Chemotherapy uses drugs to kill cancer cells. You may have chemotherapy to treat bowel cancer, either alone or together with other treatments.
This page describes how chemotherapy treats bowel cancer and which drugs are available.
All treatments carry the risk of side effects, and the most common ones are listed here. During treatment, you will need to use contraception to prevent pregnancy and to protect any sexual partners from the chemotherapy.
Timing of chemotherapy
Doctors give chemotherapy as a course of treatment, made up of several treatment cycles. Treatment usually lasts for up to six months. Ask your healthcare team how long each treatment cycle will last and how many cycles you will have.
You may have chemotherapy a few weeks after surgery if the cancer has spread to the lymph nodes or if there is a high risk of it coming back. This is called adjuvant chemotherapy.
If you have rectal cancer that has spread to the lymph nodes, you may have chemotherapy together with radiotherapy (chemoradiation) to shrink the cancer before surgery. This is called neo adjuvant chemotherapy.
If your cancer has spread to other parts of your body, you may have chemotherapy to keep the cancer under control or ease symptoms. In this case, chemotherapy is unlikely to cure the cancer but it can improve quality of life and survival. This is called palliative chemotherapy.
You may have surgery to remove the cancer if it has only spread to a few small areas of your liver or lungs. You may have chemotherapy before and after this surgery to shrink the cancer and make it easier to remove.
Some chemotherapy drugs are taken as an injection or drip into a vein. Others are tablets that you take by mouth.
The most common chemotherapy drugs are:
5FU is one of the most common chemotherapy drugs used in the UK and worldwide. You usually have 5FU together with a drug called folinic acid (leucovorin), which makes the chemotherapy work better. You take this drug as an injection or drip into a vein (intravenously). Doctors use 5FU before or after surgery and to treat bowel cancer that has spread to other parts of the body.
Capecitabine is taken as a tablet twice a day. The body absorbs the drug and converts it to 5FU. You may take capecitabine before or after surgery or to treat bowel cancer that has spread to other parts of the body.
Doctors use oxaliplatin together with 5FU and folinic acid. This combination is called FOLFOX. Or you may have oxaliplatin together with capecitabine (XELOX). You take this drug as an injection or drip into a vein (intravenously). You may have oxaliplatin after surgery or to treat bowel cancer that has spread to other parts of the body.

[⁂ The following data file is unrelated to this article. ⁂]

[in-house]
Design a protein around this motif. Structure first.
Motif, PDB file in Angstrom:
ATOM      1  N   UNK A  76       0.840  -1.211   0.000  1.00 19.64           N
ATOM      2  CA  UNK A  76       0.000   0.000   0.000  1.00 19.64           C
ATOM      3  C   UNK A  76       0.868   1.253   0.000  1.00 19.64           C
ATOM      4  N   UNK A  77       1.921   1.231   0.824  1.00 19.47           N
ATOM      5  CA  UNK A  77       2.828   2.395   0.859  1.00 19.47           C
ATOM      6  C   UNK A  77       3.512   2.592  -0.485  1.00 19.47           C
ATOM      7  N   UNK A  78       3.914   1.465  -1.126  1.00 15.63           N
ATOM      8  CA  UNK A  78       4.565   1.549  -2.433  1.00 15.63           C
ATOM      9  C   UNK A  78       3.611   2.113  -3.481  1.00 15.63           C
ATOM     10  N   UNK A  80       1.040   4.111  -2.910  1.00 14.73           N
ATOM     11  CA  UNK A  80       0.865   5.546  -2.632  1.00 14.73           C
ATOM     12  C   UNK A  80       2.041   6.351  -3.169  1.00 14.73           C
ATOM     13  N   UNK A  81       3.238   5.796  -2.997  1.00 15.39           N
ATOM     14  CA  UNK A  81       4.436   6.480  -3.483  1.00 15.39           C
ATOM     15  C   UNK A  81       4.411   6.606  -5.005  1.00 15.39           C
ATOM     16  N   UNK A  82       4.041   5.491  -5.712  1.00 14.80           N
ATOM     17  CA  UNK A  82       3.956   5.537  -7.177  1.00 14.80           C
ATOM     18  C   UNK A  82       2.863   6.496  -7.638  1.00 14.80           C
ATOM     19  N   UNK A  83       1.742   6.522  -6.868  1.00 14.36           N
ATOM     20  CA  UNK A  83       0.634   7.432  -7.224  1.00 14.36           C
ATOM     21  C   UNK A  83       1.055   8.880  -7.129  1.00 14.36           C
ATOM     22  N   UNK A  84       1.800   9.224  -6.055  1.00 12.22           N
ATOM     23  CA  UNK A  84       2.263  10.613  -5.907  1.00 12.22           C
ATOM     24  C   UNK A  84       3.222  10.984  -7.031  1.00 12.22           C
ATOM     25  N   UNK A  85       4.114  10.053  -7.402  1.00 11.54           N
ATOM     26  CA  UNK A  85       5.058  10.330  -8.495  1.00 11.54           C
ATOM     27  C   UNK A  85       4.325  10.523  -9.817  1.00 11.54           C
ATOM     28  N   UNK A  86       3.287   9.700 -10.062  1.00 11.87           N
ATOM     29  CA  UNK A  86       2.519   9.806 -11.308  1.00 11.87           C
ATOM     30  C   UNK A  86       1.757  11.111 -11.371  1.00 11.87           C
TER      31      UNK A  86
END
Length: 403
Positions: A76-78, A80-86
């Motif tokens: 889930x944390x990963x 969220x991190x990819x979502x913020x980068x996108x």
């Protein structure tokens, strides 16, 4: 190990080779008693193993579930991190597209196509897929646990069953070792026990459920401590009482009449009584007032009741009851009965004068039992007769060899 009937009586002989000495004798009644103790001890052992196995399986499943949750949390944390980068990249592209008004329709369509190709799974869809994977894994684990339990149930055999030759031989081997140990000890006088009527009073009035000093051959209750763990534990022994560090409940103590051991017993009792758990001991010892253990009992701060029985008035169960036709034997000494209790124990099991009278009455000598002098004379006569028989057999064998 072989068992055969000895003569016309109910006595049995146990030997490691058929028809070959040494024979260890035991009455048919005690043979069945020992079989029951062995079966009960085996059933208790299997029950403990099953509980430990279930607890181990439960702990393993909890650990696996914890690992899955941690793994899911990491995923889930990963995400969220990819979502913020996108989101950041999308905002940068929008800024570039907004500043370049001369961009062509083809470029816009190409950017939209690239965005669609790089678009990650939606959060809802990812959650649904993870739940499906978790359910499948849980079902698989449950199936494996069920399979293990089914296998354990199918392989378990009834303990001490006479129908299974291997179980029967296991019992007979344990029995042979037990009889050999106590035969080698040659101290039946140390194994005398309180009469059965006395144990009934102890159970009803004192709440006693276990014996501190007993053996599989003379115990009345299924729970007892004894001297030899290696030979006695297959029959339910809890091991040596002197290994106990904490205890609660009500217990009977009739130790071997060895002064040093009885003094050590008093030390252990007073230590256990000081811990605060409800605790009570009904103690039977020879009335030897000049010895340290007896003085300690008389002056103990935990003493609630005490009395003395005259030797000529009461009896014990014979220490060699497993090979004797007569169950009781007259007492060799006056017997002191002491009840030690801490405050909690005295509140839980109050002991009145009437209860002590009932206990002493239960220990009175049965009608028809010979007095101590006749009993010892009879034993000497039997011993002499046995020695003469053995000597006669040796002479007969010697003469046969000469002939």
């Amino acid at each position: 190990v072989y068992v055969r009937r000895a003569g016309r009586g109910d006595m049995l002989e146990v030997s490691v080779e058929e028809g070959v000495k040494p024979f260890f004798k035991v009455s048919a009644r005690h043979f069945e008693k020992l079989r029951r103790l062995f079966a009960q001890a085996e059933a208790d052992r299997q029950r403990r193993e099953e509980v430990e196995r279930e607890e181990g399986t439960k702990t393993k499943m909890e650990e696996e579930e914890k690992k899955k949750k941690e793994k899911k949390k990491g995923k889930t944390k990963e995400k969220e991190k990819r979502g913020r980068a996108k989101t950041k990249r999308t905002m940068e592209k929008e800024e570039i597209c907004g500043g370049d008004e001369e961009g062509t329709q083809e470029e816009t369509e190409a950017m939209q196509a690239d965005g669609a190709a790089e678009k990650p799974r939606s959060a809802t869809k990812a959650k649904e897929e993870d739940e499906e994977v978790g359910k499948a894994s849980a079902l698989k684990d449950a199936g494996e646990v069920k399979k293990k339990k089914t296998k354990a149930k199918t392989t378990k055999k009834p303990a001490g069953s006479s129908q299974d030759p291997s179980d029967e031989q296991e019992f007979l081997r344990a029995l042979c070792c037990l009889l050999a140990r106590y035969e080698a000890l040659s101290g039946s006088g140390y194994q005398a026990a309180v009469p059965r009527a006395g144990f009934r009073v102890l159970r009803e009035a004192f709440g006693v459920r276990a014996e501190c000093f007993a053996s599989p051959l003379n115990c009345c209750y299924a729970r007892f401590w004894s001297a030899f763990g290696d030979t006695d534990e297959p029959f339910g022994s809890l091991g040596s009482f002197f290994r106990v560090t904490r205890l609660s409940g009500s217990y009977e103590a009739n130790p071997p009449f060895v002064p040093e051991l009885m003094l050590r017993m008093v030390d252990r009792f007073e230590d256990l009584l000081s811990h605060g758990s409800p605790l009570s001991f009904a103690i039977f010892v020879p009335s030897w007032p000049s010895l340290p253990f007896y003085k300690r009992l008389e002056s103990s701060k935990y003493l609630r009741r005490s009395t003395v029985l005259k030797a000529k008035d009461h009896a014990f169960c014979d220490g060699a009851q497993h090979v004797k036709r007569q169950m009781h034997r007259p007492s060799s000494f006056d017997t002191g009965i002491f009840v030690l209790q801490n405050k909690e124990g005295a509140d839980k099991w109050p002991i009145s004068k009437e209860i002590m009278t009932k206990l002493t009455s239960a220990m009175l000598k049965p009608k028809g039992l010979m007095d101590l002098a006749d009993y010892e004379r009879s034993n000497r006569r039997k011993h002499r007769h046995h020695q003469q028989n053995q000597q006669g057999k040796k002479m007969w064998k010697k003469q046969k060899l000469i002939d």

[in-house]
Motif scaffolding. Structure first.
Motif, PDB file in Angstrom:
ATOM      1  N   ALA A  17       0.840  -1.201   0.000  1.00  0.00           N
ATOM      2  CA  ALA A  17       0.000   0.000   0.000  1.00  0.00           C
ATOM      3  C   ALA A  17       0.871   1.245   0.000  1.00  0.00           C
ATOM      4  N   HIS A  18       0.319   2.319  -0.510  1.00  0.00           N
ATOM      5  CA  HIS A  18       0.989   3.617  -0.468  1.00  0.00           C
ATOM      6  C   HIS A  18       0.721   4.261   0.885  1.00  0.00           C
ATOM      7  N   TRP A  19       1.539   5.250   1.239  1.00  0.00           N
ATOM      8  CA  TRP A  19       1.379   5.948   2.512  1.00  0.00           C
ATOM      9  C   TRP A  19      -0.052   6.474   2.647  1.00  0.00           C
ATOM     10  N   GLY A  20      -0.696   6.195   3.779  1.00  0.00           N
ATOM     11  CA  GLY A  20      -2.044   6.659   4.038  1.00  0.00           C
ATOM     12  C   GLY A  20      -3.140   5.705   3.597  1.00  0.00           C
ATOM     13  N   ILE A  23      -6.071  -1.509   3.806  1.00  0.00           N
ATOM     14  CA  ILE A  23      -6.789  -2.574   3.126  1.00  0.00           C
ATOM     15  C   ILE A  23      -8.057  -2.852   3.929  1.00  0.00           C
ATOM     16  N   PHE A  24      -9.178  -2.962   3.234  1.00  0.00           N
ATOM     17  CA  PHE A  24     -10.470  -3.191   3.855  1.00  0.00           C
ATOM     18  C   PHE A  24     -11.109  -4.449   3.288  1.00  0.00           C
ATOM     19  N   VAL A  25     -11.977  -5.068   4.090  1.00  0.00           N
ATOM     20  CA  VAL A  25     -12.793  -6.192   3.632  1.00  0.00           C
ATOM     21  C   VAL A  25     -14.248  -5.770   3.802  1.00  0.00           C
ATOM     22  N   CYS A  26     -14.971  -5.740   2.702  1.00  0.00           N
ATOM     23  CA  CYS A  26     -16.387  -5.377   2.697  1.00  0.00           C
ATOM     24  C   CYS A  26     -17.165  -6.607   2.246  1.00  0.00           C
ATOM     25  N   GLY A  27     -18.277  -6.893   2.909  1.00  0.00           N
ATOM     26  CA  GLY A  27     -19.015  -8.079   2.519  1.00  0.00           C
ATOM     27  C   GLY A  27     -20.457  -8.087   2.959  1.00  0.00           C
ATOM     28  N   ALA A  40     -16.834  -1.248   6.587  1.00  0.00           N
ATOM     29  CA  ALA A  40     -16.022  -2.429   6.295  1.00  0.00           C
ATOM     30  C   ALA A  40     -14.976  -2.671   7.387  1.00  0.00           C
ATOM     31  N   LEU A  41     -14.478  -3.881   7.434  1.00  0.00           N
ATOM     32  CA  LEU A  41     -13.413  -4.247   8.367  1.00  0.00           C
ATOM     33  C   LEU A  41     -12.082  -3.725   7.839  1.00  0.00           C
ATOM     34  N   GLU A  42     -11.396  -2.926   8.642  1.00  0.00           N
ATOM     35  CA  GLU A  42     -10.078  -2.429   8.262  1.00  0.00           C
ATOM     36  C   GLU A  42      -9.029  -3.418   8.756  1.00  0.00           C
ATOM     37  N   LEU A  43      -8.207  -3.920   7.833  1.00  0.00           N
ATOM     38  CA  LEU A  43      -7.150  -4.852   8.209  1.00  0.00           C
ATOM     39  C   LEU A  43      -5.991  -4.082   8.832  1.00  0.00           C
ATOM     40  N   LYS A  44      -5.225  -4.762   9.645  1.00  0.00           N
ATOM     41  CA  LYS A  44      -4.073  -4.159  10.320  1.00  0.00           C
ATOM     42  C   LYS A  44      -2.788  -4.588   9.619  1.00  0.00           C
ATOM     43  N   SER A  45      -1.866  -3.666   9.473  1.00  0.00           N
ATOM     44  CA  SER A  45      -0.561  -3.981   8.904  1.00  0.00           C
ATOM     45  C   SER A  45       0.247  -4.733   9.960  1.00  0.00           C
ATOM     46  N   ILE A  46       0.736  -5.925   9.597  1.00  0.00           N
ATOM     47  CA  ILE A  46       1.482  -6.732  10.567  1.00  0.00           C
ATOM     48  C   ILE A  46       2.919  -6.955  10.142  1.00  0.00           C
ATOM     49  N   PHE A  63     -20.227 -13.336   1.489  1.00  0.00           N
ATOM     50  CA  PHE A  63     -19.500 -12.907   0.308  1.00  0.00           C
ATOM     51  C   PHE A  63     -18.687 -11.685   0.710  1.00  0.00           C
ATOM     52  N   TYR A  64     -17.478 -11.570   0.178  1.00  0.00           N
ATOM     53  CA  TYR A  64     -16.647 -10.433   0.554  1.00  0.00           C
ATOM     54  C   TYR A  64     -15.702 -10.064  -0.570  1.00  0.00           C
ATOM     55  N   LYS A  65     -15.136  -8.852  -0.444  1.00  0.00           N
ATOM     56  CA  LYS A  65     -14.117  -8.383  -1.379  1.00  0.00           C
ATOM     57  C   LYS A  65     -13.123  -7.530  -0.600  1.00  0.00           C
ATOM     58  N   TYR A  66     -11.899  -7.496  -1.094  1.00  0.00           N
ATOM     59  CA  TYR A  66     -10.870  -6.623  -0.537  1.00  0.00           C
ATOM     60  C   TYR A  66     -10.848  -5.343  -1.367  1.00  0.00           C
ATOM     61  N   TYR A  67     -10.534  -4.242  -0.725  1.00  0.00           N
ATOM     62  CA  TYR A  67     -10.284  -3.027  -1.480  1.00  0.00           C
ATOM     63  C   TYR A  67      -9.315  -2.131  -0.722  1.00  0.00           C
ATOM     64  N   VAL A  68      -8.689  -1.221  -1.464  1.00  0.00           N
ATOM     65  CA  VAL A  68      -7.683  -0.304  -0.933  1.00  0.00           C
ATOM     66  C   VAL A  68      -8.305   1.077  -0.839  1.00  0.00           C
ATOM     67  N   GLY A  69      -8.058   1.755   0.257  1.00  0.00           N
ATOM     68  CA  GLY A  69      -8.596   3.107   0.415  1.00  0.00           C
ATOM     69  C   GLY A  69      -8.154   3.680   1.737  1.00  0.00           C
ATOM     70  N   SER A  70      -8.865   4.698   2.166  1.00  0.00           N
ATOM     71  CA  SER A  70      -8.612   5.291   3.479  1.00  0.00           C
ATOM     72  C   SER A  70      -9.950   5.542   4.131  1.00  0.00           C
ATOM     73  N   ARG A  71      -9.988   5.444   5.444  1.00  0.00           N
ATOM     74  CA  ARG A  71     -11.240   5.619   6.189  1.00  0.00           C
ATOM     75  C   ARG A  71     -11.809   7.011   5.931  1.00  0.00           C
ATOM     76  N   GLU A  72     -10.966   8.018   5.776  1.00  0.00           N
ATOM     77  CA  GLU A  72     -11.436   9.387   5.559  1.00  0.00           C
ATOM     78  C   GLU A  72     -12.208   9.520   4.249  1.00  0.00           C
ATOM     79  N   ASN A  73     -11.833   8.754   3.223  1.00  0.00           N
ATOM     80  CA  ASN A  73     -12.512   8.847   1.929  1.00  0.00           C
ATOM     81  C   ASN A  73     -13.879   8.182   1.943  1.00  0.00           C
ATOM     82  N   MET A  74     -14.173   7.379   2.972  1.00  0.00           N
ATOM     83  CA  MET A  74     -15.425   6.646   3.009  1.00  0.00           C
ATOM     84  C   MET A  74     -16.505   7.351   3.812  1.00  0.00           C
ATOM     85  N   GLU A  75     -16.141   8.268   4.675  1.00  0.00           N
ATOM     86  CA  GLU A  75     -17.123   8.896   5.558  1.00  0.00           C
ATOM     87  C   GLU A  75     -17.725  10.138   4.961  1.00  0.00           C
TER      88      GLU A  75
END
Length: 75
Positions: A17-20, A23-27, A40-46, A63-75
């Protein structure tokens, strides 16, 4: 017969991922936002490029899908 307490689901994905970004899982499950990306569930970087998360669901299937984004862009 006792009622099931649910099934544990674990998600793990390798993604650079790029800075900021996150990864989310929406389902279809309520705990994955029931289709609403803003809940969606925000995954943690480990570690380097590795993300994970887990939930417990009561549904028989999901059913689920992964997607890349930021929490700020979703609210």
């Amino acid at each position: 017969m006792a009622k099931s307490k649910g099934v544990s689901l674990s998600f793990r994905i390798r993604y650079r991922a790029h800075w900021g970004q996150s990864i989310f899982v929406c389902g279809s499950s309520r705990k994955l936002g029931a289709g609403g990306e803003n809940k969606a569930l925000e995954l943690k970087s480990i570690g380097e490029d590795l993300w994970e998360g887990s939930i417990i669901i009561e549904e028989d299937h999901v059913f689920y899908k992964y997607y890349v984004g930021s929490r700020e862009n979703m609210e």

Irinotecan is taken as an injection or drip into a vein (intravenously). Doctors usually use it together with 5FU and folinic acid. This combination is called FOLFIRI. This drug treats bowel cancer that has spread to other parts of the body.
Each chemotherapy drug or combination has its own side effects. Your healthcare team will give you information about the side effects that are most likely to affect you. Common side effects of chemotherapy include:
- loose bowel movements (diarrhoea)
- an increased risk of infection.
- a sore mouth
- feeling and being sick
Chemotherapy can cause temporary or permanent infertility, depending on the drugs and doses used.
If you have bowel problems or sickness, you may find our information on diet helpful.
Oxaliplatin can damage the nerves in your hands or feet. This is called neuropathy. Symptoms usually improve a few weeks or months after treatment ends but they may get worse before they get better. Some people have long-term problems with nerve pain. You may become very sensitive to the cold and get pins and needles, weakness or numbness in your hands or feet. This can make it hard to do everyday things like writing, picking up small items and walking. Some people wear gloves to protect their hands from the cold, sheepskin boots to help with nerve damage in their feet and heat packs to help with pain in their veins.
You should use a condom if you have sex in the first few days after having chemotherapy. This will protect your partner from any chemotherapy that may be in the semen or vaginal fluid.
Both men and women should use contraception during chemotherapy and for about a year after treatment ends. This is because these treatments can damage sperm and eggs or harm a developing baby.
Cancer Research UK provides Information on chemotherapy to treat bowel cancer.
Macmillan Cancer Support provides information on chemotherapy and its side effects.
Updated March 2016. Due for review March 2019
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